Indictments for NOLA Police; Strategy in Afghanistan; Familial DNA Testing; Gravity No More?; 'Acting White'

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Wednesday, July 14, 2010

stairway, DNA, helix (flickr: liber)

Six former and current New Orleans police officers indicted for shootings on New Orleans' Danziger Bridge in the days after Katrina; ethical concerns with 'familial' DNA testing for felons; in Afghanistan, Gen. Petraeus says Taliban-allied Haqqani network should be classified as terrorists; Dutch scientist questions long-held theory that gravity is its own elemental force; Yankees owner Steinbrenner's legacy for baseball; possible origins of the schoolyard accusation that high-performing black students are 'acting white'; American suburbs.

Top of the Hour: Officers Charged with New Orleans Bridge Shooting, Morning Headlines

Six police officers have been charged in connection with shooting unarmed civilians on New Orleans' Danziger Bridge. ProPublica's A.C. Thompson has been reporting the story. We hear from him and bring you this morning's headlines.

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6 Indicted in New Orleans Danziger Bridge Shooting

Six current and former New Orleans Police Department officers were indicted yesterday in connection with the Danziger Bridge shooting five years ago, amidst the aftermath of Hurricane Katrina. The indictment charges that NOPD officers shot at unarmed civilians as they crossed the bridge on September 4, 2005, leaving four people wounded and two dead: 17-year-old James Brissette and Ronald Madison, a 40-year-old mentally disabled man who was shot in the back and, allegedly, kicked and stomped while dying, laid out on the ground.

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Guatemalan Women Could Be Eligible For Asylum Due To Murder Rate

More than 5,000 women have been murdered in Guatemala in the past 10 years and many were tortured and mutilated in the process. Fewer than two percent of those killings have been prosecuted. This week, a federal court decided that these horrible statistics may be enough of a reason to classify all Guatemalan women as a social group eligible for asylum in the U.S.

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Listeners Respond: Having Fewer Kids for Economic Reasons

On Monday, we heard the case that a one-child family is the best decision in these tough economic times. But our listeners shared personal accounts from every side of this complex issue. Some of you sang the praises of your larger families, while others gave reasons of natural resources and money to argue that family size should be limited.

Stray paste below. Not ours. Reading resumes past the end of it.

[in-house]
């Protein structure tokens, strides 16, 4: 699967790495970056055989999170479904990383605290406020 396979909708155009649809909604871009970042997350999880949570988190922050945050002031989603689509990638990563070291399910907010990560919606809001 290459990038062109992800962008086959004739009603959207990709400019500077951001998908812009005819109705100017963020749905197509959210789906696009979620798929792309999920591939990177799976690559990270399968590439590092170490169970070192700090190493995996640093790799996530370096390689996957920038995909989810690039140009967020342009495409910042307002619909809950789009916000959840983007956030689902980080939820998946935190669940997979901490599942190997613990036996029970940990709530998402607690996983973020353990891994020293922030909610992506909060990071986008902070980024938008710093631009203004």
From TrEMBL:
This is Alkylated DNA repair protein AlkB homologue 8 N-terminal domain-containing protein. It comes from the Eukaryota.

Seth from Hoboken called in to say:

I am an only child and I think it's a great thing for parents to decide to have only one kid, because right now we've got too many people with not enough food and not enough water and too many people using oil. So if every two people makes one person, the world will just have less people and there'll be more resources to go around.

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An Argument Against Gravity

Although gravity has remained an accepted theory and (relatively) free from controversy for centuries, one scientist is rocking the boat when it comes to one of our most basic laws of physics.

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Without Steinbrenner, What's Next for the Yankees?

New York Yankees owner, George Steinbrenner, passed away yesterday morning at the age of 80. He helmed the Yankee ship for 37-plus years, winning seven World Series Championships. Steinbrenner spent a lot of money on the team in order to win and changed the relationship between teams and their owners. The Takeaway's sports contributor, Ibrahim Abdul-Matin examines Steinbrenner's legacy.

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The Changing Face of Suburbia

Despite the bad rap that suburbs often get for being dull and sterile, more than half of Americans live there. As more people move to the suburbs, the demographics are changing. Urbanization, density, crime, and immigration are now defining factors of the 'burbs. We're joined by Robert Puentes, senior fellow at the Brookings Institution's Metropolitan Policy Program, and Larry Levy, executive director of the National Center for Suburban Studies at Hofstra University.  And we want to hear from you! What do you see as the good parts of the suburbs?»

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Top of the Hour: Remembering Steinbrenner, Morning Headlines

We look back at the legacy of Yankee's owner, George Steinbrenner; headlines.

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Serial Killer Arrest Ignites Ethical Debate Over Familial DNA Searches